How to take advantage of post-pandemic travel with planes, brains and automobiles.
As a sure sign that air travel is on the rebound, the skies are becoming more populated with no-frills, ultra-low-cost carriers—and competition means lower prices.
Announcing its April YVR arrival with a cheeky commercial starring a fierce feline, Calgary-based Lynx Air flies between Vancouver, Kelowna, Calgary, Winnipeg and Toronto, with 70-plus flights a week in May and more planned for summer.
Edmonton-headquartered Flair has a dozen new routes, like Vancouver to San Francisco, Victoria to Toronto and Comox to Calgary, and flights from Canada to Nashville, Denver and more.
WestJet’s low-cost Swoop touches down in 18 Canadian cities, including Abbotsford, Kelowna, Victoria and Comox, with a dozen U.S. and some Caribbean destinations on its route map.
Parks Canada/Ian Houghton
Doctors in B.C. can give A Prescription for Nature, recommending a Parks Canada Discovery Pass (worth more than $70) to patients. Medical research shows as little as two hours a week in nature can result in better health and well-being, counteracting anxiety and other mental health challenges. This effort builds on PaRx, founded in 2020 by doctors and the BC Parks Foundation, which was Canada’s first nature prescription program. It’s a forward-thinking summer team incentive.
If you use ride-hailing apps to get to meetings, it’s good news that Uber is committed to going zero-emissions in Vancouver by 2030 (and in other Canadian markets by 2040). The company also has a new partnership with Plug ’n Drive, a nonprofit promoting electric vehicle (EV) adoption, to encourage all drivers to flip the switch. It pegs potential fuel savings at $2,000 a year and emissions per vehicle at up to 90 percent lower, for those choosing EVs.
Uber is also piloting an Earth-friendly Uber+Transit program in the Toronto area that recommends affordable, availability-based combinations of UberX and public transit routes to app users requesting suitable trips.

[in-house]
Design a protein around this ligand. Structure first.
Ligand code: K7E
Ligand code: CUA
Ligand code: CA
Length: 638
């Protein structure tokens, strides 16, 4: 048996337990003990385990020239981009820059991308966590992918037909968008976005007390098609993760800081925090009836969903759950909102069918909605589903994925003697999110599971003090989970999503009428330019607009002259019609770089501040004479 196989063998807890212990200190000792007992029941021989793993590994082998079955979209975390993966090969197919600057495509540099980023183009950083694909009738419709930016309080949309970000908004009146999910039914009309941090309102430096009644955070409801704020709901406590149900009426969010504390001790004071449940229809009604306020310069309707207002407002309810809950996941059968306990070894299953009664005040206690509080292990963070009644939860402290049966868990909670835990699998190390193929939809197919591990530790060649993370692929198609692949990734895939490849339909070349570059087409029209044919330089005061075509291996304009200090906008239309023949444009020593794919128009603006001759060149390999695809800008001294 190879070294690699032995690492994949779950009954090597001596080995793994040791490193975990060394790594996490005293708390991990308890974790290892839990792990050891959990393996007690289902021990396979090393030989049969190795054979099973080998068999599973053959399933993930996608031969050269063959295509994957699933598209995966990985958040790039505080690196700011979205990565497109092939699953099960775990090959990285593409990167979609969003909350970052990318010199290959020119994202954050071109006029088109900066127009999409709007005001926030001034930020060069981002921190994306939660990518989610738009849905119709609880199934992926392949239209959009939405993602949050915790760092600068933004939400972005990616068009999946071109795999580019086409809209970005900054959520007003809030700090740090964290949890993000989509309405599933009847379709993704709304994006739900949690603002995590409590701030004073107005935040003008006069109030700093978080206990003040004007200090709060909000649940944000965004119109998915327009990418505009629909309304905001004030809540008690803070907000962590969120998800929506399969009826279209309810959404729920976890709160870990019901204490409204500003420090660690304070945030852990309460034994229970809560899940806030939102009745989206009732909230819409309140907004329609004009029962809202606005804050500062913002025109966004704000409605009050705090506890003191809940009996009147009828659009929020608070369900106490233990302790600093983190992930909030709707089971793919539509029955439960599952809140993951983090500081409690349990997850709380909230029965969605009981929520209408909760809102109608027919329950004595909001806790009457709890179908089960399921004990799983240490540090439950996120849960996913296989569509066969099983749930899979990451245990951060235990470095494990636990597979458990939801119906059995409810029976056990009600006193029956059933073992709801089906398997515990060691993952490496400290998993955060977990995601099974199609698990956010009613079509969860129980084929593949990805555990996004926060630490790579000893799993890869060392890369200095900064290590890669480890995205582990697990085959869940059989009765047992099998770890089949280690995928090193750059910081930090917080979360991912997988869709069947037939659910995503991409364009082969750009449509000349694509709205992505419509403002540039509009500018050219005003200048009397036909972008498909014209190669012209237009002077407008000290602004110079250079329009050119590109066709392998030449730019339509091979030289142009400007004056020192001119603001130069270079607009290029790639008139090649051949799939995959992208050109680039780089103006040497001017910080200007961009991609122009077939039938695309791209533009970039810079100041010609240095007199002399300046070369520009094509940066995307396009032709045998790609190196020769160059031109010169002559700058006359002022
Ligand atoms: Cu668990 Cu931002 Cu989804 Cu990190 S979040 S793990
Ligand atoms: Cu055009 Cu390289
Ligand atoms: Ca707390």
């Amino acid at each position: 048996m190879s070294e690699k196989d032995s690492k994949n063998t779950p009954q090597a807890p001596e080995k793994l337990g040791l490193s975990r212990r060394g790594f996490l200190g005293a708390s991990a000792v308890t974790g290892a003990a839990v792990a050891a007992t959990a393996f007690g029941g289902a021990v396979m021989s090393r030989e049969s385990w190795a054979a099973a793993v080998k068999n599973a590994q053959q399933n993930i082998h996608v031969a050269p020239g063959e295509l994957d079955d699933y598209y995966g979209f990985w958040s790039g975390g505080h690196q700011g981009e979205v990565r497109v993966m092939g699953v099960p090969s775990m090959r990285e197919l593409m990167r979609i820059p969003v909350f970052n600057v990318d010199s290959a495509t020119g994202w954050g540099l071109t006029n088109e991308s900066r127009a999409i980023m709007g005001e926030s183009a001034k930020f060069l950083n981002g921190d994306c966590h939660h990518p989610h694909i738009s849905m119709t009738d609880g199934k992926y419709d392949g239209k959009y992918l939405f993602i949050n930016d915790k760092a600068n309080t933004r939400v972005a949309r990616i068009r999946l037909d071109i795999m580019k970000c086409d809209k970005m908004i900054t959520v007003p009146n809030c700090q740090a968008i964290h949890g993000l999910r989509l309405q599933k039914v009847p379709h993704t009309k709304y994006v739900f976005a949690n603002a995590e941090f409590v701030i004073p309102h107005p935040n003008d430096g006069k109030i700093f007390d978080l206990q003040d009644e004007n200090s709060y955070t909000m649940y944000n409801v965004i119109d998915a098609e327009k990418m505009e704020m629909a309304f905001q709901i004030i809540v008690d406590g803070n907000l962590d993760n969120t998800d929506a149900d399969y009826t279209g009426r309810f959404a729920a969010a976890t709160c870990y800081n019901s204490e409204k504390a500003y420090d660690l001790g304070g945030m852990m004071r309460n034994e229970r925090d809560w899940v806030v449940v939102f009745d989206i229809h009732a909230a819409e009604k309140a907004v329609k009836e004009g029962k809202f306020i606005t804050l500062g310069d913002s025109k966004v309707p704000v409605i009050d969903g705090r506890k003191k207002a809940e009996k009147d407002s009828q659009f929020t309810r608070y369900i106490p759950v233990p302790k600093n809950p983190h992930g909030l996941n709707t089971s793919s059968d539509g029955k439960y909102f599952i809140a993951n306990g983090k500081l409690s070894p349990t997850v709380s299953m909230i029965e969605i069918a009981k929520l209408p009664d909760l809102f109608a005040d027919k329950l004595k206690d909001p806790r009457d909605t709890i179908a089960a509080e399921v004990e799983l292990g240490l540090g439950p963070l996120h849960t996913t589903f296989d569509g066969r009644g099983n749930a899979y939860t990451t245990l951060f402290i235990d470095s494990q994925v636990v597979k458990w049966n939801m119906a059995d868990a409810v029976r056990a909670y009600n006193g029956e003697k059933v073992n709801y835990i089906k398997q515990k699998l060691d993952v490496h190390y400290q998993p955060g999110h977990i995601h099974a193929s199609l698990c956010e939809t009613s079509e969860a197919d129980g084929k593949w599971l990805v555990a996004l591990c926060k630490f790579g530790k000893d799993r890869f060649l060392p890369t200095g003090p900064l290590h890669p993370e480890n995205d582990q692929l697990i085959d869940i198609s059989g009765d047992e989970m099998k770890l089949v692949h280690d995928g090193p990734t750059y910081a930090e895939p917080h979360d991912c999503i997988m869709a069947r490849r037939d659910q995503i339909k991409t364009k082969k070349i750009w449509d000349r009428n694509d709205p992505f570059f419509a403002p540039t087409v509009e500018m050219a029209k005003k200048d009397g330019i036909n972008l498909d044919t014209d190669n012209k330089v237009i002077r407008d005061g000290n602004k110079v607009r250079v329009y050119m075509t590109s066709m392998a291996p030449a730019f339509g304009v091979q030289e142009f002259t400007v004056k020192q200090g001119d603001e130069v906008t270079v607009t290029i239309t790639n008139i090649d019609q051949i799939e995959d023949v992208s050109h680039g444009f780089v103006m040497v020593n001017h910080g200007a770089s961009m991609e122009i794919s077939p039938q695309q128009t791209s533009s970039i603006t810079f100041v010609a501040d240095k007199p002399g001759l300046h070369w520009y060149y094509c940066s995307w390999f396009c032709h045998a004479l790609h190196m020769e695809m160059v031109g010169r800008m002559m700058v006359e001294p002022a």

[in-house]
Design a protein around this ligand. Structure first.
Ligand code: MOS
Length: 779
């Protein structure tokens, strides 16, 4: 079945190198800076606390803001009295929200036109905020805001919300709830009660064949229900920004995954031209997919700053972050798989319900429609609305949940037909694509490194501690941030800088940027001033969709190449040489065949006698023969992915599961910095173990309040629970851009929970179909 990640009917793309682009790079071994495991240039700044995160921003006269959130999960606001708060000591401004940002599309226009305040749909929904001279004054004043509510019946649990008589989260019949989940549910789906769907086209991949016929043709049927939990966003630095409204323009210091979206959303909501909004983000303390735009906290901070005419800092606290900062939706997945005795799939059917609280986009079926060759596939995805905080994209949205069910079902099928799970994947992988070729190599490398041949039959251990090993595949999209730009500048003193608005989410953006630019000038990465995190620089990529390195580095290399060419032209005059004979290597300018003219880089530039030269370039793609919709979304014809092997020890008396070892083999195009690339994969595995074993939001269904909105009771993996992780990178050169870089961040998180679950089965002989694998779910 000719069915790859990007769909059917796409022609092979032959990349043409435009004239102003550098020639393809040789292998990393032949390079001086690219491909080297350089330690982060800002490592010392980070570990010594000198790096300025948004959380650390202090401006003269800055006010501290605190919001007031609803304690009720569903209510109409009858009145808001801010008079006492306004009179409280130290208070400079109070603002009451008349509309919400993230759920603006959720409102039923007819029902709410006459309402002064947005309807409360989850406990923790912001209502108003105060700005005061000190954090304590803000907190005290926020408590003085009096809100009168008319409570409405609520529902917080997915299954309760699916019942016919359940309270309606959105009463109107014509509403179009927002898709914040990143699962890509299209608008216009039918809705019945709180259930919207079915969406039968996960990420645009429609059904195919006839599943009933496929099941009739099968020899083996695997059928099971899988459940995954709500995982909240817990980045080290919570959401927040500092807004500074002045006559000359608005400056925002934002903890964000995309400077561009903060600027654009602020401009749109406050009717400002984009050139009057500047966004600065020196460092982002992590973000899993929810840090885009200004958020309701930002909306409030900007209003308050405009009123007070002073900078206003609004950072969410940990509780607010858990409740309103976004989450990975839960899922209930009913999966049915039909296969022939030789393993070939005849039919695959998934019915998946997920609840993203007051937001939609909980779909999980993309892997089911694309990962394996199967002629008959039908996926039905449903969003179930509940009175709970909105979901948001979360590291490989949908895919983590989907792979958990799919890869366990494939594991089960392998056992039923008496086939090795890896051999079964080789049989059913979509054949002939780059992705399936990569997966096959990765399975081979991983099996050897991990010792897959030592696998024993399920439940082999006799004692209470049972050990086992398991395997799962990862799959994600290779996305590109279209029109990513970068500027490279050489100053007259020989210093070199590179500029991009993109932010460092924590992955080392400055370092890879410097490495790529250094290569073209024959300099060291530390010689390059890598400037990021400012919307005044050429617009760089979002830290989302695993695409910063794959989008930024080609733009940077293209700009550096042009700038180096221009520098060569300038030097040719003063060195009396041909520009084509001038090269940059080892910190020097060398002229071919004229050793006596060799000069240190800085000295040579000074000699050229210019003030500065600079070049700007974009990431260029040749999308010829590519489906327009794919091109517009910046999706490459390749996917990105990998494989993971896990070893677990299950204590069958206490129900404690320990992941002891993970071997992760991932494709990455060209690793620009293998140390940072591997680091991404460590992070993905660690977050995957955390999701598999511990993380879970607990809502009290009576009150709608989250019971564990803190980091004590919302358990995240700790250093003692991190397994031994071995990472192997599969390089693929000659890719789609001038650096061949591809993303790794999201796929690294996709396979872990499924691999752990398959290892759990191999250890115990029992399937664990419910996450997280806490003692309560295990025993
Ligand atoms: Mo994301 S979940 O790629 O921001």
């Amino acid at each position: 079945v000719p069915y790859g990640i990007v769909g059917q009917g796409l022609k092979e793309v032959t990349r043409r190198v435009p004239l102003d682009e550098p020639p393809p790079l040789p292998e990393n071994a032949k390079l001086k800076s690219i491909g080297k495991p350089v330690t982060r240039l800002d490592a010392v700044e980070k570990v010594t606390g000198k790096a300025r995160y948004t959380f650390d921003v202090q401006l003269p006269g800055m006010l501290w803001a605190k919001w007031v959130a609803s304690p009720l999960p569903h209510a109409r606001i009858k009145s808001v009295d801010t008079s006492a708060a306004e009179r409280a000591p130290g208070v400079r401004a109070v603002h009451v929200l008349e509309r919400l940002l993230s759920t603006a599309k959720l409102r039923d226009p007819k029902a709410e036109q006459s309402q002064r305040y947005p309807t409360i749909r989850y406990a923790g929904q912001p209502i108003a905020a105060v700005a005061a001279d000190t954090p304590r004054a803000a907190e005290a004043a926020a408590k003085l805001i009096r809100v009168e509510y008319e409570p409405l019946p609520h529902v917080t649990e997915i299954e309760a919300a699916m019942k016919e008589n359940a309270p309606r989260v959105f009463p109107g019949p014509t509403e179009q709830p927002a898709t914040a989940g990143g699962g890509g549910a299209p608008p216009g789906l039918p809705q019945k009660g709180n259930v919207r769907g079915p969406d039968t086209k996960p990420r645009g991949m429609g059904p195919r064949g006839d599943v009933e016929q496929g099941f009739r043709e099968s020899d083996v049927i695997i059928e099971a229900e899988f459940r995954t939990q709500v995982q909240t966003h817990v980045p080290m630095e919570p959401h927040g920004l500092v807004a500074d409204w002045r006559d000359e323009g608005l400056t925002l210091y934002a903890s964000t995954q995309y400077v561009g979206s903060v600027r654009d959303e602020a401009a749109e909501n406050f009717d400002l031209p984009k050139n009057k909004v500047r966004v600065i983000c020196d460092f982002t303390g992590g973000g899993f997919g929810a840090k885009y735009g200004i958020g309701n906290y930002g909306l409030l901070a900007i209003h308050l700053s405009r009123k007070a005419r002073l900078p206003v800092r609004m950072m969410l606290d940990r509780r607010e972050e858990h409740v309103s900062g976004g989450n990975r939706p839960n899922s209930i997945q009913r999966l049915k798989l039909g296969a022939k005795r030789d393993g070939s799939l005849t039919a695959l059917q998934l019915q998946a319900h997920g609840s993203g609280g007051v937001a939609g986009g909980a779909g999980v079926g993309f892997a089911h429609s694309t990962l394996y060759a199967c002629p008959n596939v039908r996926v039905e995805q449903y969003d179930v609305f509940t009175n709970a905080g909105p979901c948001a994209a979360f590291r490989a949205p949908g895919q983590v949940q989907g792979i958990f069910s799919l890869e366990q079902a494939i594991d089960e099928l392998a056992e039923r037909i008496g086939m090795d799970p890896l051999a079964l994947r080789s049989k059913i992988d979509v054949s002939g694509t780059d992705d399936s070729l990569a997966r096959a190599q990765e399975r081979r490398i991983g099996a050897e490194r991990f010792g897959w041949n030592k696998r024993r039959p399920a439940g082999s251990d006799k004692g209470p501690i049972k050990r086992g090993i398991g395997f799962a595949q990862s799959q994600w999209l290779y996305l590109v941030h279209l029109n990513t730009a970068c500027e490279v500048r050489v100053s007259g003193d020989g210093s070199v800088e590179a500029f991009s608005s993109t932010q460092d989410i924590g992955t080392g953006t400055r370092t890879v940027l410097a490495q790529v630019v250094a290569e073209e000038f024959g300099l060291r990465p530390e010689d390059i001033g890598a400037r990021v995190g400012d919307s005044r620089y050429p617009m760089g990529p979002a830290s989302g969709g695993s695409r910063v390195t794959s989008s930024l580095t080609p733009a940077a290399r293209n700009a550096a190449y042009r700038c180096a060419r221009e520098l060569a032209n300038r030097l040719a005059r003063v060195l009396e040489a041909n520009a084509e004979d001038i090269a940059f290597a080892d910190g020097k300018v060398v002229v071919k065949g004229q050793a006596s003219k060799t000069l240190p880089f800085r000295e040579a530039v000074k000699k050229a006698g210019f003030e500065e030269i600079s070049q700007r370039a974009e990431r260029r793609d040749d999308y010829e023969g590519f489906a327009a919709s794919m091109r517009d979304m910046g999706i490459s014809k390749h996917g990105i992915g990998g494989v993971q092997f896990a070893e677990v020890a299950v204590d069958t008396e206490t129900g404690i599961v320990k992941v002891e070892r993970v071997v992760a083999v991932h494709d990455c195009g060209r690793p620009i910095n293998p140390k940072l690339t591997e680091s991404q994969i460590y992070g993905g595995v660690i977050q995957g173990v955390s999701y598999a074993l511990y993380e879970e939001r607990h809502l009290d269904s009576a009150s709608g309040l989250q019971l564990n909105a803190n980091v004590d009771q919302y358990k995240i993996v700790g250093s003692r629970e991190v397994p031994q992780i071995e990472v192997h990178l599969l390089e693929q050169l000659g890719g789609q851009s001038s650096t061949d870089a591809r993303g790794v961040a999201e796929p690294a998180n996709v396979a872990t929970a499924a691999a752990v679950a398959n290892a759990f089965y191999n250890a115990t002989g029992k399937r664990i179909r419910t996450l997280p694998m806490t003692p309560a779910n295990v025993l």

The world’s first winery airline, Invivo Air, launched in New Zealand this year, with a gimmicky charter flight between Auckland and Queenstown. Promising “business class in every glass” for 34 passengers, the trip included a foray into the Central Otago wine region, where grapes for celebrity-branded Invivo X by Sarah Jessica Parker bottlings and other wines are sourced. Pour this concept into the Okanagan!
Klahoose Wilderness Resort
One of B.C.’s newest Indigenous travel experiences is Klahoose Wilderness Resort in Desolation Sound, which offers guided eco-adventures from May through autumn. Tourism manager Chris Tait, who has worked in tourism all over B.C. and the world for more than 20 years, says getting off-grid in rugged nature can be a powerful setting for corporate retreats.
Unlike the stifling confines of the typical conference centre, in Desolation Sound “you won’t see any other people, no distraction,” Tait explains. “Your senses allow you to slow down.”
There are also cultural benefits to an authentic Indigenous experience. “When you can be welcomed on our dock with a traditional Klahoose greeting, with just the sound of a drum and welcome song, it…sets the tone for the stay with a sense of sharing and listening,” Tait says.
The Klahoose are a welcoming people, and despite the creature comforts of the resort and the complete point-to-point travel services, it’s the people, and “a connection to ancient voices and a welcome into the home of the people that live there,” that corporate guests have found most memorable.